Library adapts to serve community during pandemic


OKEECHOBEE — For the past six months, the Okeechobee Public Library has found new ways to serve the community.

At the Sept. 11 meeting of the Okeechobee County Commission, Library Director Kresta King asked the commission to approve her plan to reorganize the library staff to continue to provide more community outreach. The reorganization will not increase the library’s budget.

This summer, with the library building closed due to the COVID-19 pandemic, library personnel moved their summer reading program outdoors to county parks, as well as online, and maintained good participation levels. In 2019, the 3,700 children participated in the library’s summer programs inside the library building. In 2020, the summer reading program served 3,400 children in the parks and online.

Little public libraries — such as a new one at the sports complex — are making books more accessible.

The library continues to help people complete the census.

Recently the library started offering free WiFi hot spots that library patrons can check out and take home for two weeks. That program was immediately popular, King explained.

The library has 20 of the hot spot devices and currently there are nine people on the waiting list to check them out.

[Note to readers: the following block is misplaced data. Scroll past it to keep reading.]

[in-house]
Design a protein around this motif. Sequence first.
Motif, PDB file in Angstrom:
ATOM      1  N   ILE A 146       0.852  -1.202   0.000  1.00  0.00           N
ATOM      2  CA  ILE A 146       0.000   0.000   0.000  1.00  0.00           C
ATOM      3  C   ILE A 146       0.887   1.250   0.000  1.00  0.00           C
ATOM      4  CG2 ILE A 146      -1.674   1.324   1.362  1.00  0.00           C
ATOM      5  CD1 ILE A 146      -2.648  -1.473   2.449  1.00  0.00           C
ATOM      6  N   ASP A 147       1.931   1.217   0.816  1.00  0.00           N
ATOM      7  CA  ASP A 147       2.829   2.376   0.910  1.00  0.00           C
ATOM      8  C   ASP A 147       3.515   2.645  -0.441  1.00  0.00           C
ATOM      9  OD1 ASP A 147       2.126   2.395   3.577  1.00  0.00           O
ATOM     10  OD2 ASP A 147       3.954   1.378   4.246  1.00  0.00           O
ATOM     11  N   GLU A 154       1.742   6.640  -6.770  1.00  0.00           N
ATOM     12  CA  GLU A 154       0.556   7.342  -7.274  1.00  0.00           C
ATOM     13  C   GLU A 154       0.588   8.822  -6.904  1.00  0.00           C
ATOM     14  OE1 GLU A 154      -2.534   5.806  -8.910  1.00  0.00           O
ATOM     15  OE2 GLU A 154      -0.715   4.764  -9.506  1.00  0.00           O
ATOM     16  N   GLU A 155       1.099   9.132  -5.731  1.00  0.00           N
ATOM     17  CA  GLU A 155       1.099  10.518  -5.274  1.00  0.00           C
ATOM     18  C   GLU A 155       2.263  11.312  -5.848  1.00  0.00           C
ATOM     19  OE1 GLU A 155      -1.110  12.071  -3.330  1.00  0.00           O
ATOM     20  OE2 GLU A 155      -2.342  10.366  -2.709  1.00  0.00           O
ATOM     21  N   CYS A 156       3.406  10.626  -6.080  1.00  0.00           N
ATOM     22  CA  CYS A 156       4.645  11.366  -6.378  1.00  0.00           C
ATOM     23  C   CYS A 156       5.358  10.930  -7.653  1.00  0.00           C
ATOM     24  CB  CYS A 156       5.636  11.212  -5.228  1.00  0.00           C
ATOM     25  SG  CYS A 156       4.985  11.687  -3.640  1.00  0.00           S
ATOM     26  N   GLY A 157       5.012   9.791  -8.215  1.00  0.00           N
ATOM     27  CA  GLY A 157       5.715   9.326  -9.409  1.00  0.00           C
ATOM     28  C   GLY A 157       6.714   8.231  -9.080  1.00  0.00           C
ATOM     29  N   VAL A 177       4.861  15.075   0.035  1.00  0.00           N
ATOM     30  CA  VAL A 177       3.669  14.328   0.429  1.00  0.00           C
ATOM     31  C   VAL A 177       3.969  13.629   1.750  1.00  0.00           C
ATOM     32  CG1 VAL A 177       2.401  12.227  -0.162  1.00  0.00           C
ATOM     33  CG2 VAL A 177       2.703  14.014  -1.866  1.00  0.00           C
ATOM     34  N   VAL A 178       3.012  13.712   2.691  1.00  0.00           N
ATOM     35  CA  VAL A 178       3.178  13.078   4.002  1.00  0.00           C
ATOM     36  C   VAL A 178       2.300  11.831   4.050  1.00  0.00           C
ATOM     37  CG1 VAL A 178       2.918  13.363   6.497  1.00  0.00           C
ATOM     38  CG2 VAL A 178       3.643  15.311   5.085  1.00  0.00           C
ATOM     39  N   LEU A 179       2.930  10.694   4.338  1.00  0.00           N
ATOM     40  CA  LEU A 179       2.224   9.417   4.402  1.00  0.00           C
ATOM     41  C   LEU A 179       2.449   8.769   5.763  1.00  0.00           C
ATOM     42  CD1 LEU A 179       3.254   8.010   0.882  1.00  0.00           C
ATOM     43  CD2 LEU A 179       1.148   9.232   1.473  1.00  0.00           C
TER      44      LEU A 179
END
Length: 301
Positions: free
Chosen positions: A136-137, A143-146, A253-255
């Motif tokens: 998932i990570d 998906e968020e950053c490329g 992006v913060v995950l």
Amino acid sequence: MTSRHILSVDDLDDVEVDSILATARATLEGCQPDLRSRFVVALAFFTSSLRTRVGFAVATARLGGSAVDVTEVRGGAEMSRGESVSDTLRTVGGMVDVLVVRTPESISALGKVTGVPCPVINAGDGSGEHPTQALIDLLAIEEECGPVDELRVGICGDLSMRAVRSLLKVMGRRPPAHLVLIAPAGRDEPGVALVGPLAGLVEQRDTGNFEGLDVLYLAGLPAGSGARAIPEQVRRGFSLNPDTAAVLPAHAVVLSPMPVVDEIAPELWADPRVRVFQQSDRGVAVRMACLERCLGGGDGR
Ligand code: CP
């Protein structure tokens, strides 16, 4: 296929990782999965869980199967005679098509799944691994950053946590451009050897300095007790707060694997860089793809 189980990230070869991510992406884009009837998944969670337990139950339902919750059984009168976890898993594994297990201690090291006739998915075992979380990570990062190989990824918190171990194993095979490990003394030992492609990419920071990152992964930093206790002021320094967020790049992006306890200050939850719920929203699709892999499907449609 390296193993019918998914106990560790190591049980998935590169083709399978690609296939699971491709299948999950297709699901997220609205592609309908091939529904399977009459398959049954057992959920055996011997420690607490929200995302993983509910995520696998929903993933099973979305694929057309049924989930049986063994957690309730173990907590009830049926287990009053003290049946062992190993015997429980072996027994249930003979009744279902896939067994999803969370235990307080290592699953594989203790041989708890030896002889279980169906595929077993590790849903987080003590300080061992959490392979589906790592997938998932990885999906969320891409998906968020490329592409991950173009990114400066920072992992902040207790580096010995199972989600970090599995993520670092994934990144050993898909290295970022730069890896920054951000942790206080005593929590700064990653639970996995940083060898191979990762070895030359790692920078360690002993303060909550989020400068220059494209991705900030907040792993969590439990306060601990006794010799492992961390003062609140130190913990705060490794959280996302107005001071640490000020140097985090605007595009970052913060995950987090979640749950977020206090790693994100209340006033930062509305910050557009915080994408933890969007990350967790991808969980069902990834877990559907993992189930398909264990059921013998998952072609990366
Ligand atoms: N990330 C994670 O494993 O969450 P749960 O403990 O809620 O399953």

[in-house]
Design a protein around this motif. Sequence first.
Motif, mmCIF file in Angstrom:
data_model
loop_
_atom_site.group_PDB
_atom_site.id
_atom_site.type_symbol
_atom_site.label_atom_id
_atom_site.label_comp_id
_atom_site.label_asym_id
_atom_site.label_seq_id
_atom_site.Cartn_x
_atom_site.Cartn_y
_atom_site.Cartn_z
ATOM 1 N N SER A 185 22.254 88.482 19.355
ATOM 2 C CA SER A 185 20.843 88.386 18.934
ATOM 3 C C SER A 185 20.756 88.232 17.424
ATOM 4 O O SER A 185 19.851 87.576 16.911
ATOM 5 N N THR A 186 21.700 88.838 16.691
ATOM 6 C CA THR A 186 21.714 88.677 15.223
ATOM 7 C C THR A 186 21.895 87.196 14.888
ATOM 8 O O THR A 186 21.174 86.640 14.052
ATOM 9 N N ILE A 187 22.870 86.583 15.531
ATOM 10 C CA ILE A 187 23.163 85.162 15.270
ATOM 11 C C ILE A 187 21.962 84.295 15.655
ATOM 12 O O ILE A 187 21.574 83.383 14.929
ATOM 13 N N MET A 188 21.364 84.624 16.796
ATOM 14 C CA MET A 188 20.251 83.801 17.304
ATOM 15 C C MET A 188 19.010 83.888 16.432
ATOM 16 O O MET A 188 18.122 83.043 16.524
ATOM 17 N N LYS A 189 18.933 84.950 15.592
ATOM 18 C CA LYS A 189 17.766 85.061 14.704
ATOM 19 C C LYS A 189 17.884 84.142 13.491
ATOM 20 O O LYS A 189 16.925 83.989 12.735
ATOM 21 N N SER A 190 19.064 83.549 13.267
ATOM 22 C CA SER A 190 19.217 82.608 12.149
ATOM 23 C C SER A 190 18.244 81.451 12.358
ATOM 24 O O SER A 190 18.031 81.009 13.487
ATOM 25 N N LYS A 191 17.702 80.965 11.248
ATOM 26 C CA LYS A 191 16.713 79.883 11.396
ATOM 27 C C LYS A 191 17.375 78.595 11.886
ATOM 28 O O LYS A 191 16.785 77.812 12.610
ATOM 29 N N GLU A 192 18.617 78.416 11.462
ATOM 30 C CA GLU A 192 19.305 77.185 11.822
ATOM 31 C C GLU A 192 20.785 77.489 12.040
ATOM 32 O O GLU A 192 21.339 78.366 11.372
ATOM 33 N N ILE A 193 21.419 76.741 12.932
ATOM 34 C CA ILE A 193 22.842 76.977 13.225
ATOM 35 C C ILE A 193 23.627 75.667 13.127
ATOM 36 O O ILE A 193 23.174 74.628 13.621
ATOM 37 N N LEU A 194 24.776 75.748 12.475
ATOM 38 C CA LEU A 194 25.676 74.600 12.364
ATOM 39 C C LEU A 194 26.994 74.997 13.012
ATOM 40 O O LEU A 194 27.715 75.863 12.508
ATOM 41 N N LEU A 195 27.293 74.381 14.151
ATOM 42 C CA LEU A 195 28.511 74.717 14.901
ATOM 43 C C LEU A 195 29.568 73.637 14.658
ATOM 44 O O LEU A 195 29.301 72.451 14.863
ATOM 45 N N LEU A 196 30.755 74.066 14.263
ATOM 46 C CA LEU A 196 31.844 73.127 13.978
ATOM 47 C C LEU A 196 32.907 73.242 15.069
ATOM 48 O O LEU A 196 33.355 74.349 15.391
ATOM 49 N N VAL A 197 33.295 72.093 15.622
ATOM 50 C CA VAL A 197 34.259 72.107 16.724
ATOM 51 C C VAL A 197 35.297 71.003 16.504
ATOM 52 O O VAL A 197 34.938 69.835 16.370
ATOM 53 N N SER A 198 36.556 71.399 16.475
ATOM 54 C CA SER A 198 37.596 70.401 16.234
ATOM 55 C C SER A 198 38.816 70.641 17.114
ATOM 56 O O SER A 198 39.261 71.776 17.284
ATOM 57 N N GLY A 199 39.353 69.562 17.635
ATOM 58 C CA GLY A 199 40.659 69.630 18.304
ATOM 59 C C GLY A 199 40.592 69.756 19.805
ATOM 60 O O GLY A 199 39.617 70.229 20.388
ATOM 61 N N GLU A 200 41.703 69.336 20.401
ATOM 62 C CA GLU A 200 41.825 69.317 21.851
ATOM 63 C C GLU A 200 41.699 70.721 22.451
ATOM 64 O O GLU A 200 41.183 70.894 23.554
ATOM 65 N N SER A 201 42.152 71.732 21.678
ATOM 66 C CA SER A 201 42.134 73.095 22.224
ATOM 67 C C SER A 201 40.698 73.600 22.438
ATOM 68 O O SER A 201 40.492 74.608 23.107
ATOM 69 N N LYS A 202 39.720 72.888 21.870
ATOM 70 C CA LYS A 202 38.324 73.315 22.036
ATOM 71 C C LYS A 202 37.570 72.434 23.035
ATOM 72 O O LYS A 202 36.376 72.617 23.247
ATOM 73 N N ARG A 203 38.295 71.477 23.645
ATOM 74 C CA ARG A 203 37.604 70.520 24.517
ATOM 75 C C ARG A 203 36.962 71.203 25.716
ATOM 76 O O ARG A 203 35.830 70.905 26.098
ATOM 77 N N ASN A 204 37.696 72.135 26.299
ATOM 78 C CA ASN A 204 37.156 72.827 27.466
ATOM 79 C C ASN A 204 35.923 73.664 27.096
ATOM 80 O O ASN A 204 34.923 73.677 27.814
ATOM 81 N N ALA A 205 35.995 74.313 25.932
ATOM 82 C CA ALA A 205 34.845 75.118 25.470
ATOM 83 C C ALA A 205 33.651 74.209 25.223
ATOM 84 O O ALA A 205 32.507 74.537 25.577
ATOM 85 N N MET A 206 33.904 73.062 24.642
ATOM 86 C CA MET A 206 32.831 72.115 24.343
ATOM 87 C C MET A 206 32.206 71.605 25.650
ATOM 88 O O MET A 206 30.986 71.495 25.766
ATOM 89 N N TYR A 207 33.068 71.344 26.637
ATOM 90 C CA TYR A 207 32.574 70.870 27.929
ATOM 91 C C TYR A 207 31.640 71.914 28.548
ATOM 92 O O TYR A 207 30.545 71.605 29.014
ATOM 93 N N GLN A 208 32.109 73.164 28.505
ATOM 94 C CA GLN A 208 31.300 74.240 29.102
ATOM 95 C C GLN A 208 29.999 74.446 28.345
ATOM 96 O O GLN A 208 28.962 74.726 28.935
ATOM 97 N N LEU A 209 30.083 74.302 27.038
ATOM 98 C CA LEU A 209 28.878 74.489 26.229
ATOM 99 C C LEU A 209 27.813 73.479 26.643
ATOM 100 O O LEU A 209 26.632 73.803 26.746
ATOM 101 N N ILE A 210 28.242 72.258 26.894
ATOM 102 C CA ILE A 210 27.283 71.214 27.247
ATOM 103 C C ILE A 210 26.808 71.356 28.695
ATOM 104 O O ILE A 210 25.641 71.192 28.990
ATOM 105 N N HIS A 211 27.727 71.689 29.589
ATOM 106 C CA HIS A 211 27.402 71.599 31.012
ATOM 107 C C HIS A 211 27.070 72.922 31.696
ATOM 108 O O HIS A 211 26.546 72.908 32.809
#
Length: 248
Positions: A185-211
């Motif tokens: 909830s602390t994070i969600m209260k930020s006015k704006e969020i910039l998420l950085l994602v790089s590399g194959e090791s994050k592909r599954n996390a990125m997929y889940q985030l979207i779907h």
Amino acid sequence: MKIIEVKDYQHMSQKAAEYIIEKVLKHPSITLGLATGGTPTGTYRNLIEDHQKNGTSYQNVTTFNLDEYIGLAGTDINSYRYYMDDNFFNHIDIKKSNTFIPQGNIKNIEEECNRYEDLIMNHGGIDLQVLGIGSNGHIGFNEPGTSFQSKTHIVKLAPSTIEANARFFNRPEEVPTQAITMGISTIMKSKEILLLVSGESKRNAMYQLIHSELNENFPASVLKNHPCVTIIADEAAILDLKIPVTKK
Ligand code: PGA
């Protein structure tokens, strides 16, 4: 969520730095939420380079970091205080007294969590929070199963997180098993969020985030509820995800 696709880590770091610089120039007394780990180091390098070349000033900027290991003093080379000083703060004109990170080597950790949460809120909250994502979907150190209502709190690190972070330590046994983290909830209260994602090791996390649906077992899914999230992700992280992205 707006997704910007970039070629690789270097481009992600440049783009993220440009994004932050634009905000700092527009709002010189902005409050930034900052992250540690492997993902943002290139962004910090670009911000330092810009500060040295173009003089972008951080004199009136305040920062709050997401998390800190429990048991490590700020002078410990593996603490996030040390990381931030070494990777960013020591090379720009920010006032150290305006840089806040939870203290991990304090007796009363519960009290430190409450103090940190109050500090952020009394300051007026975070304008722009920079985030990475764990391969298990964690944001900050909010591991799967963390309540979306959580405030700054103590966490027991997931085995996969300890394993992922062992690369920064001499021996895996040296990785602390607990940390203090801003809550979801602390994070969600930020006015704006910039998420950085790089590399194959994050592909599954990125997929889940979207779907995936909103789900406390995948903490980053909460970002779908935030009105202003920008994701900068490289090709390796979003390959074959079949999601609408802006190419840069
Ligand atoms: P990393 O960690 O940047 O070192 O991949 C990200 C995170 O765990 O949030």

“We don’t charge for them, we let people use them for free,” she said. A single hot spot can connect up to five devices to the internet, but the more computers or phones connected to the WiFi, the slower it is, she added.

Patrons can check the devices out for two weeks, just like a book, she explained. “On the 15th day, we deactivate it. That has been very effective. They bring them back the next day.”

She said when they bring the device back, they cannot check it out again immediately because others are on the waiting list.

She said the devices are in high demand by those who do not have internet access at home and need to go online for school assignments, to apply for stimulus funds, or to fill out their census.

“The hot spots have been very heavily used. We need to get more,” she said.

T-Mobile provided the devices for free, she continued, and they used the state contract to get data for $10 a month.

In addition, patrons can use free WiFi in the library parking lot 24 hours a day.

The library is also a school lunch distribution spot.

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